Open-label placebos (OLPs) are placebos without deception in the sense that patients know that they are receiving an inert sugar pill with no activity of its own. Intuitively, we think that such treatments must be ineffective. Yet, there have been several studies that seemed to show otherwise.
The objective of this paper was to systematically review and analyze the effect of OLPs in comparison to no treatment in clinical trials. A systematic literature search was carried out in February 2020. Randomized controlled trials of any medical condition or mental disorder comparing OLPs to no treatment were included. Data extraction and risk of bias rating were independently assessed. 1246 records were screened and 13 studies were included in the systematic review. Eleven trials were eligible for meta-analysis.
These trials assessed the effects of OLPs on
- back pain,
- cancer-related fatigue,
- attention deficit hyperactivity disorder,
- allergic rhinitis,
- major depression,
- irritable bowel syndrome,
- menopausal hot flushes.
The risk of bias was moderate among all studies.
Click to enlarge.
A significant overall effect (standardized mean difference = 0.72, 95% Cl 0.39–1.05, p < 0.0001, I2 = 76%) of OLP. Thus, OLPs appear to be a promising treatment in different conditions. Yet, the researchers spotted several caveats and discuss them in some detail.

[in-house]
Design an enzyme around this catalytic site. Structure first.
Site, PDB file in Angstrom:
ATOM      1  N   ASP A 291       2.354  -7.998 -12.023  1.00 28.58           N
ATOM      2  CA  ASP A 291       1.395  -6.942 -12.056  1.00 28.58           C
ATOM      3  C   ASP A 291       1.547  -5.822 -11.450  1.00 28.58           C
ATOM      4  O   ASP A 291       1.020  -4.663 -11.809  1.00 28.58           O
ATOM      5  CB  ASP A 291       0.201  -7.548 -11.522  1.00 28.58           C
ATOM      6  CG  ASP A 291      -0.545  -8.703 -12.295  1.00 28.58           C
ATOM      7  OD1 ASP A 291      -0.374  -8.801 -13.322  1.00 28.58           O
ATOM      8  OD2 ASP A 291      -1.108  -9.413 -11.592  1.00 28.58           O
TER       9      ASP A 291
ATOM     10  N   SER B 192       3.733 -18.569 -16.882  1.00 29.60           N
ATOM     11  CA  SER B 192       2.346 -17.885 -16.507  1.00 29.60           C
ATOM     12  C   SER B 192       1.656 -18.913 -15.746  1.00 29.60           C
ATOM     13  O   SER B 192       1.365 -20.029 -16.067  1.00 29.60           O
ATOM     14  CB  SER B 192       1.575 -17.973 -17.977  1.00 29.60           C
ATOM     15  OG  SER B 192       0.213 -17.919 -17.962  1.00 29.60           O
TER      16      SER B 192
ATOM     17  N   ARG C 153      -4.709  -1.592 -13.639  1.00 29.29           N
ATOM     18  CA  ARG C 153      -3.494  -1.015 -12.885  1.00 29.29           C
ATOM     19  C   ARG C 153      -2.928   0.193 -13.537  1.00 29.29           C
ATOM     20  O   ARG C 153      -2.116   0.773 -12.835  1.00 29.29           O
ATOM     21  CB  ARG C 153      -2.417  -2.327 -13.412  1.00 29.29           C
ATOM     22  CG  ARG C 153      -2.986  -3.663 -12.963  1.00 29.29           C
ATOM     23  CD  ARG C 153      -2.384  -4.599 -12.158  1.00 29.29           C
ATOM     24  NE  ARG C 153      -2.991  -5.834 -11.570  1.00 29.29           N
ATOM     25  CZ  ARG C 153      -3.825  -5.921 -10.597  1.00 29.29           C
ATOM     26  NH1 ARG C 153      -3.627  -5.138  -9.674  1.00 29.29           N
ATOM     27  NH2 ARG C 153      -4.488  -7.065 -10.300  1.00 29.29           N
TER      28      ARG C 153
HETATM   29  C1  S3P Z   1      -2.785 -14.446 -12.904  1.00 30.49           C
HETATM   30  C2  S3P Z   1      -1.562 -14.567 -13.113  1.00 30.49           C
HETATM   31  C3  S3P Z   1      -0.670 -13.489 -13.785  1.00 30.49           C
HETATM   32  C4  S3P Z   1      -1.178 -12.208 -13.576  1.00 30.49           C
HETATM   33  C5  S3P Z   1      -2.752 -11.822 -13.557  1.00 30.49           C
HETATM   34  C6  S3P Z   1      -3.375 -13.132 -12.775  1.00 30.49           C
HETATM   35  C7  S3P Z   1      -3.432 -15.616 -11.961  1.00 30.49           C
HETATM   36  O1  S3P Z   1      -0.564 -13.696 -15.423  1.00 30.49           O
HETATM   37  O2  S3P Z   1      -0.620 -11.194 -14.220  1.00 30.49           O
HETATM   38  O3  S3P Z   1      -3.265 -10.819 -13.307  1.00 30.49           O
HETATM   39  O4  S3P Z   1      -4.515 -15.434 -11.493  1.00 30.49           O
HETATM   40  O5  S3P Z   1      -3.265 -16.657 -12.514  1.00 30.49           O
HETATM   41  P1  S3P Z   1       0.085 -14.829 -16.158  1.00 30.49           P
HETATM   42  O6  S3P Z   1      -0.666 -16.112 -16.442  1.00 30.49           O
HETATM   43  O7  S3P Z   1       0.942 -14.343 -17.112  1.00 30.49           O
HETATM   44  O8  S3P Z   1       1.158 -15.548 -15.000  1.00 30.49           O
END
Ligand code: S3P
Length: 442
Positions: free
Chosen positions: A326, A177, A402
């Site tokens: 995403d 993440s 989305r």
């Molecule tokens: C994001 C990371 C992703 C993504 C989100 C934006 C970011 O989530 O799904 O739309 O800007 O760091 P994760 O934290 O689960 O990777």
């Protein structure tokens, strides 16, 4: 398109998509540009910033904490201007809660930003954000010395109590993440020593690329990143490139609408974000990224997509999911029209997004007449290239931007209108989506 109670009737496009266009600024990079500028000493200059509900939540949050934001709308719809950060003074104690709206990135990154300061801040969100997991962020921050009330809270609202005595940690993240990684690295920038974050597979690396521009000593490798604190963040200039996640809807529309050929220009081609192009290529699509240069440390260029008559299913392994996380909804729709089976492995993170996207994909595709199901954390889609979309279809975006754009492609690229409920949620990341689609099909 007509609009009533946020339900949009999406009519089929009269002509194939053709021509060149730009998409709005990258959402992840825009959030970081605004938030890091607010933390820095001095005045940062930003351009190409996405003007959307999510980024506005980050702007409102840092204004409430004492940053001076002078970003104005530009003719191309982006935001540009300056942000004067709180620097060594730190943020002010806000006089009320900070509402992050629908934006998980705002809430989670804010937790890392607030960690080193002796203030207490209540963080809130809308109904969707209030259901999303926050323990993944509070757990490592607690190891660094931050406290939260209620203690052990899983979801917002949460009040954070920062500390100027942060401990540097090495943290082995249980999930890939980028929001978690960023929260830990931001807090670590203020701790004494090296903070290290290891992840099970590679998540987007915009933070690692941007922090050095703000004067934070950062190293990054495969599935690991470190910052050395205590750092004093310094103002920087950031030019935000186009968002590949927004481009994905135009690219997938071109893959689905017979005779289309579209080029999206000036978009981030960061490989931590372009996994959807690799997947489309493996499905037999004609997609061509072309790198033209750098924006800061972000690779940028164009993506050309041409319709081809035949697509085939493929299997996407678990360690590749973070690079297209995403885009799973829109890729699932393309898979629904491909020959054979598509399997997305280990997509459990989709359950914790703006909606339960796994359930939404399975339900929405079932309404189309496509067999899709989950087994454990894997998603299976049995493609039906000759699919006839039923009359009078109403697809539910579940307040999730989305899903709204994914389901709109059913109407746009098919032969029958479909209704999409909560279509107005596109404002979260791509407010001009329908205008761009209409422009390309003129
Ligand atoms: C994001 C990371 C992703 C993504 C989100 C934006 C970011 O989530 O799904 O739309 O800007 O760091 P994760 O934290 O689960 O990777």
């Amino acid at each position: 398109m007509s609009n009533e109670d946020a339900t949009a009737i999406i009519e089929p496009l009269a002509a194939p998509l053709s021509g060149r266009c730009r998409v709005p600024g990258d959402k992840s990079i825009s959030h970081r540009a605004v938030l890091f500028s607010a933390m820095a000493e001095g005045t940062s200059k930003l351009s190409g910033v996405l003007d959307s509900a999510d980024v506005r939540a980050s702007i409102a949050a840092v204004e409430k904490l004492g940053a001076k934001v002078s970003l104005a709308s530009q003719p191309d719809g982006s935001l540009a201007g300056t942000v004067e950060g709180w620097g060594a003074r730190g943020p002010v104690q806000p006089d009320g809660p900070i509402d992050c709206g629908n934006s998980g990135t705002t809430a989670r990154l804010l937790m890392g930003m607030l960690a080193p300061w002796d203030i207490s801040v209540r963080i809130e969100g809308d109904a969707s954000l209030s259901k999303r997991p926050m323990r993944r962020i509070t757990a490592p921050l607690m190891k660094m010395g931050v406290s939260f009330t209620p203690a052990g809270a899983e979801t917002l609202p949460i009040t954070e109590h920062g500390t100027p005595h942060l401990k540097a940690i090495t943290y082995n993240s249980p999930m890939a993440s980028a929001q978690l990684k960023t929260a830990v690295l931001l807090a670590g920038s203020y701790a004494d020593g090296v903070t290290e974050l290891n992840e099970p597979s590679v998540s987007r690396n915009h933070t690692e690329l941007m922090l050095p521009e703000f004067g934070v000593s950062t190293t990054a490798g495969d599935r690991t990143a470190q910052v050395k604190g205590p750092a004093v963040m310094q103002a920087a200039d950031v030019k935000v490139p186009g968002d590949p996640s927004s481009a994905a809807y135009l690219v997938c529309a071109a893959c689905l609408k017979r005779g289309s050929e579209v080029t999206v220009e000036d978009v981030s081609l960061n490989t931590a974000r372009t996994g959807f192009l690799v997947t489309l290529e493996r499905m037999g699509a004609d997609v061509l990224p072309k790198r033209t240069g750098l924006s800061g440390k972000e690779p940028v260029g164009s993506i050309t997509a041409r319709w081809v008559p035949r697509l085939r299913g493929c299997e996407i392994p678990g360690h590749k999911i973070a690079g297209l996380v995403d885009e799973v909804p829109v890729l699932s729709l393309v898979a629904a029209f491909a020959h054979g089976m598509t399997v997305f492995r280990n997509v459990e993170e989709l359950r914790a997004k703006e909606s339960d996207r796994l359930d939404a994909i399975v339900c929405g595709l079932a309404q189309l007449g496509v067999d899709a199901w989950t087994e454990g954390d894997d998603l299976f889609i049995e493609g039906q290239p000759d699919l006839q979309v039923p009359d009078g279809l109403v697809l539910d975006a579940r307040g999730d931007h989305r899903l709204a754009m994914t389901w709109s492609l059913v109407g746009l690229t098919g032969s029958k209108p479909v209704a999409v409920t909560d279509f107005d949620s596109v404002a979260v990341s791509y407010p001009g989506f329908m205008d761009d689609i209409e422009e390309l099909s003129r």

First, we detected hints of a publication bias in the study sample, but the respective test was not significant. The quantitative basis of the meta-analysis is based on a small number of studies, reflecting the early state of research in this field. Moreover, the set of studies showed some heterogeneity. Finally, four studies were rated to have a high risk of bias, and nine to have some concerns.
In order to assess the impact of these high-risk studies we performed an exploratory best-evidence synthesis. We excluded the four studies with a high risk of bias. In this analysis, the heterogeneity could be reduced to a non-critical value and almost all variance in the set of studies could be explained by a sampling error (I2 = 4%). With the exclusion of these four studies the mean effect size was reduced to a more conservative SMD = 0.49.
Regardless of this reduction of the overall effect, the same conclusions about the treatment-effect of OLPs can be drawn, although the lack of robustness means that interpretations require some caution. The decrease of heterogeneity shows that methodological impairments might be responsible for the considerable unexplained variance in our results. We abstained from carrying out a further sensitivity analysis for explaining heterogeneity because of the small number of studies.
This is certainly an interesting subject. And the above findings are certainly counter-intuitive.
My impression is that the effect of OLPs is small and of doubtful value in clinical practice. My prediction is that, as more and better research emerges, it will diminish further, if not vanish totally. I think that there are several reasons for this:
- The number of trials is still quite small.
- The studies obviously lack patient blinding.
- Positive messages can be included alongside open-label placebos.
- The “time lag bias” is high.
This type of bias means that, due to initial enthusiasm in a new subject, negative results are published with some delay. I have observed this bias repeatedly in the past. A new treatment initially tends to generate nothing but positive results, and only after a while, when the researchers’ euphoria has subsided, more realistic findings emerge.